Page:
Elizabeth Bruenig in TNR:
The economic boom of the late '90s masked the disasterwelfare reform would eventually reveal itself to be for a time, and perhaps this is why Bill Clinton enjoys a reputation as a fantastic president with an almost lovable scoundrel side. But since the collapse of the dot-com bubble, his reckless gutting of welfare has plunged millions of families into deep poverty.
The point of welfare reform was, in Hillary’s words, to “transition from dependency to dignity”—that is, to transition desperately poor families from welfare to work within a definite period of time. Although Clinton has refused to comment on whether or not she still considers welfare reform a success, she has since stuck to the theme of keeping benefits means-tested, with the goal of limiting benefits to the most destitute. Thus her interest, one presumes, in preventing Donald Trump’s kids from attending college without paying tuition, as Norway’s Princess Märtha Louise didn’t when she attended one of Norway’s many state colleges. Quelle horreur.
Clinton’s approach is one way to think about benefits: as tightly limited programs of last resort for people in extreme circumstances. This is mostly the way we talk about benefits now, in the parlance of a “safety net” for the precariously balanced and fallen. In this vein of thought, it makes sense to limit benefits to the extremely needy and to impose terms even upon those benefits, so as to prevent dependency—since the point is, after all, eventually ending one’s use of benefits.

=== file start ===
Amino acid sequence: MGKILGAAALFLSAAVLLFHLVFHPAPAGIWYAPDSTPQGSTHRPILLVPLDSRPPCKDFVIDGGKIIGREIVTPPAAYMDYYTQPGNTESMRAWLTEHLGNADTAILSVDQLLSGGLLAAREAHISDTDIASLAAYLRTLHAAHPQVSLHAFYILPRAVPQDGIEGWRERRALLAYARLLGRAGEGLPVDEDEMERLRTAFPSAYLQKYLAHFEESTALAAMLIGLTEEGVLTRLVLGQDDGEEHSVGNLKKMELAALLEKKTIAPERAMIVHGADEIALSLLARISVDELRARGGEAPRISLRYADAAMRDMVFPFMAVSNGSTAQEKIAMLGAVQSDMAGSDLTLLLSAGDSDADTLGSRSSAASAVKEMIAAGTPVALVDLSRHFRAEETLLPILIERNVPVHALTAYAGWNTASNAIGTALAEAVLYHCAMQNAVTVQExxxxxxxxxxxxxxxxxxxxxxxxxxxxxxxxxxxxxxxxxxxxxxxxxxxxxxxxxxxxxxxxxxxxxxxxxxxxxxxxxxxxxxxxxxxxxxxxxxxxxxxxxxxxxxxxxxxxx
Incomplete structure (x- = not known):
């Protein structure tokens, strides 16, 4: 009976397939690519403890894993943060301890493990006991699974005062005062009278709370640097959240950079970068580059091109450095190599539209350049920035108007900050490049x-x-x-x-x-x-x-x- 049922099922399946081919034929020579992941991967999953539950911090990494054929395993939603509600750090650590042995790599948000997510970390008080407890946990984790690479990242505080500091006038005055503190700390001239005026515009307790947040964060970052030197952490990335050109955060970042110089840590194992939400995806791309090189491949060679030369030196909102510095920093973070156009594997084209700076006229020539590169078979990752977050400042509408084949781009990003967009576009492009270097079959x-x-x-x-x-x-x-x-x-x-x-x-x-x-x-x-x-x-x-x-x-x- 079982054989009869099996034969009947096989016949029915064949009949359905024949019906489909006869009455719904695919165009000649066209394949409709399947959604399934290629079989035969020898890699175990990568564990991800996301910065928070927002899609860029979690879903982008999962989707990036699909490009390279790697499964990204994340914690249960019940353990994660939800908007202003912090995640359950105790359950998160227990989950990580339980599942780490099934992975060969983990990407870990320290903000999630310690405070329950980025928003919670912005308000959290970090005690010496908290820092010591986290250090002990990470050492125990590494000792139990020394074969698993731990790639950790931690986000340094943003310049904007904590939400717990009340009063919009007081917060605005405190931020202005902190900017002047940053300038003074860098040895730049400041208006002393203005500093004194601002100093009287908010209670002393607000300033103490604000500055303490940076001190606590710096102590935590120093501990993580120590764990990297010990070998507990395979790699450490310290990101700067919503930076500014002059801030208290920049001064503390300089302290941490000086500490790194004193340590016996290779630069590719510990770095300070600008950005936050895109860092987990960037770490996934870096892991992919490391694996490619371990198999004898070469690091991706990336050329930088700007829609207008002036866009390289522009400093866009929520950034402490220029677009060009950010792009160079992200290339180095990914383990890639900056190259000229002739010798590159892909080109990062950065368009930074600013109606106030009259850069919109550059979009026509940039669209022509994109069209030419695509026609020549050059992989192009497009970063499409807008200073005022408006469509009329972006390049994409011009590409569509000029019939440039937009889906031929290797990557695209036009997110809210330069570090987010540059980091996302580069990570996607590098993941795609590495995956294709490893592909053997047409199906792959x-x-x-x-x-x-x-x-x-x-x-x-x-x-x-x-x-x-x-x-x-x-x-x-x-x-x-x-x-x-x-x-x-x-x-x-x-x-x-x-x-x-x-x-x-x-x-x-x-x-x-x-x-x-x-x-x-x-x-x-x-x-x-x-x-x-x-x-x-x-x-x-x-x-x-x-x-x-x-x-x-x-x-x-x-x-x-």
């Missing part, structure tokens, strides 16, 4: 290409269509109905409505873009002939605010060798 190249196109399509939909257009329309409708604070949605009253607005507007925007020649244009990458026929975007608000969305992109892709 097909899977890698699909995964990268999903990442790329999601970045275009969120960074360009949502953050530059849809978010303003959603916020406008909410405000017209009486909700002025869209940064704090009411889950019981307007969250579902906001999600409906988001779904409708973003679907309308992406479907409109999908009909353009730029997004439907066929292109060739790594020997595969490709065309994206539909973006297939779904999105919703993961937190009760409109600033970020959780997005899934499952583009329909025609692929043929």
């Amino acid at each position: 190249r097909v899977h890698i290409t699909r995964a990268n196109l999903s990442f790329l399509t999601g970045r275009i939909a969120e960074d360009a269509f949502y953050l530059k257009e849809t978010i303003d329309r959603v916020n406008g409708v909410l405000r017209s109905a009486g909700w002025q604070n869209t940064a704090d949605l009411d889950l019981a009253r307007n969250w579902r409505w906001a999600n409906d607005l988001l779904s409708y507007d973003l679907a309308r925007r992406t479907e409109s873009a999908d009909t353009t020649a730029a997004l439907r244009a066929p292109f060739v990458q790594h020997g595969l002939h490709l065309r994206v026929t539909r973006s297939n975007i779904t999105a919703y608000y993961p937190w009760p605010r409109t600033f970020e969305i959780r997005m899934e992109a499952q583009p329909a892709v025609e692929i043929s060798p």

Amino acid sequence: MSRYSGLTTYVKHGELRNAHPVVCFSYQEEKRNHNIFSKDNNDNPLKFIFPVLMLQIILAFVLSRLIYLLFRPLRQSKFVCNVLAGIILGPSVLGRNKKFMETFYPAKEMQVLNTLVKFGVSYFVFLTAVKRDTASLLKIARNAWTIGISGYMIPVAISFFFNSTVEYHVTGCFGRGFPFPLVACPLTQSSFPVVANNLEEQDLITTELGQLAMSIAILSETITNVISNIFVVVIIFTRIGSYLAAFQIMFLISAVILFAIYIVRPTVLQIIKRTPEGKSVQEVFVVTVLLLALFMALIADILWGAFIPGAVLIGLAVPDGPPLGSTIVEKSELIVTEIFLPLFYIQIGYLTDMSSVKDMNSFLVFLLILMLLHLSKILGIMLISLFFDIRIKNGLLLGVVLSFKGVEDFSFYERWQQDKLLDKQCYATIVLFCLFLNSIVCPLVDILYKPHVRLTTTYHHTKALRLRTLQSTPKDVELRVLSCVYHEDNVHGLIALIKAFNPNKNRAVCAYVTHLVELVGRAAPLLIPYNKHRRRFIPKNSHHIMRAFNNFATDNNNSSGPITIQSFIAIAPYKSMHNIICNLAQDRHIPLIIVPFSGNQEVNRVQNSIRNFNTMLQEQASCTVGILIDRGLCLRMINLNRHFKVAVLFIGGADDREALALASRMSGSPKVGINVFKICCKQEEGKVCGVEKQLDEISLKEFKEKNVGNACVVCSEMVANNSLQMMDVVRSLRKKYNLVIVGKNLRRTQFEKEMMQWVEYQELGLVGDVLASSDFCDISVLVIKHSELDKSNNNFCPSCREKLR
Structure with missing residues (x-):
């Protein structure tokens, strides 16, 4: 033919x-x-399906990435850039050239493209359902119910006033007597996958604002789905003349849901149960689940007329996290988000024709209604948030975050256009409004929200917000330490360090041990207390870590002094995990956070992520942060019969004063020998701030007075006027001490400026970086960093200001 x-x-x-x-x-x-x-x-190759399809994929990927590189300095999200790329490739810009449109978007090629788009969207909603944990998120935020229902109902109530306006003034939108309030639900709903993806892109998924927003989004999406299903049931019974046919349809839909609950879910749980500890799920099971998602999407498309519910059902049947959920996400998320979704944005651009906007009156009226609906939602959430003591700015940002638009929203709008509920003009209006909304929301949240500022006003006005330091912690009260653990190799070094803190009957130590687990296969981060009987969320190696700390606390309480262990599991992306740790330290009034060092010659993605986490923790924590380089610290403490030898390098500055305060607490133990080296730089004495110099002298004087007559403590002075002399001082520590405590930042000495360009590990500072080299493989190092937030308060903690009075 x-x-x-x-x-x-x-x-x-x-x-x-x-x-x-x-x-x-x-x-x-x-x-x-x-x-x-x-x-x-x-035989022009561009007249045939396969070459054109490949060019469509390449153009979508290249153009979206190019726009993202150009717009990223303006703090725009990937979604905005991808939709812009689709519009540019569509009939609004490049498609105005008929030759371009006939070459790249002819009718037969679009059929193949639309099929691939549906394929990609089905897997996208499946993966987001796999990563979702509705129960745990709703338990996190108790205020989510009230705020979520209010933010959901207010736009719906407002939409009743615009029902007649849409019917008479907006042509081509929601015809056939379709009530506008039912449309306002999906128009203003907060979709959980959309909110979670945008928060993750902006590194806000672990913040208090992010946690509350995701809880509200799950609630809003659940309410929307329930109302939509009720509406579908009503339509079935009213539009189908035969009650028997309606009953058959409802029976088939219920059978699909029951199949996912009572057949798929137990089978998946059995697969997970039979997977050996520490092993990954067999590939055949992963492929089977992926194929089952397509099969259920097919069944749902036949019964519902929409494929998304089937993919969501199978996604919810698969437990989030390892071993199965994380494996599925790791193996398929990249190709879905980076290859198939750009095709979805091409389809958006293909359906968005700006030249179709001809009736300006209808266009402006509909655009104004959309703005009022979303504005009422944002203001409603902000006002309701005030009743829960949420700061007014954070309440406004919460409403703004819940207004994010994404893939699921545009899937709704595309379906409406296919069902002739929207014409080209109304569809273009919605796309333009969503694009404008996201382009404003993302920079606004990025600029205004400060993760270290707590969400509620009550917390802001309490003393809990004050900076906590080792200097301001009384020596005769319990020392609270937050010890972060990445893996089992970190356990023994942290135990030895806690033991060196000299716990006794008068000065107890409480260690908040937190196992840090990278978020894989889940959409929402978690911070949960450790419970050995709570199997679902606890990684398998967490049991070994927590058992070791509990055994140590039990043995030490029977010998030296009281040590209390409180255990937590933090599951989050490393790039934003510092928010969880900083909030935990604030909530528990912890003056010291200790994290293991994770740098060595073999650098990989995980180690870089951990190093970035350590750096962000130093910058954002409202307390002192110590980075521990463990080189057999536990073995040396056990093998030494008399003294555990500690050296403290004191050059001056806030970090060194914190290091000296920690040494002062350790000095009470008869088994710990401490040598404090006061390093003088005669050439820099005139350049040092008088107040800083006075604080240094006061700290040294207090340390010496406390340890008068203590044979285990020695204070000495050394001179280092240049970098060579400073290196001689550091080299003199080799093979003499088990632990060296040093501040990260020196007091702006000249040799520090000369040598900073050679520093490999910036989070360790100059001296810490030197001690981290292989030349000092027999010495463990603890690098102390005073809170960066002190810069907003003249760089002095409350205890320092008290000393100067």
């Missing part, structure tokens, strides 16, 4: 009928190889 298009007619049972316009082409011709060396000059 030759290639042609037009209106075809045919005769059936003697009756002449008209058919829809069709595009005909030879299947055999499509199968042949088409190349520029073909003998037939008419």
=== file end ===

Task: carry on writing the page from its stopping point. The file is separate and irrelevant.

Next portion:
Then there is the other way of looking at benefits: the social-democratic way. In his 1990 book Three Worlds of Welfare Capitalism, Danish sociologist Gøsta Esping-Andersen described firstly the “‘liberal’ welfare state, in which means-tested assistance, modest universal transfers, or modest social-insurance plans predominate,” and “benefits cater mainly to a clientele of low-income, usually working-class, state dependents.” Then there is the social-democratic world, which consists of “a welfare state that would promote an equality of the highest standards, not an equality of minimal needs,” thus promising “that equality be furnished by guaranteeing workers full participation in the quality of rights enjoyed by the better-off.”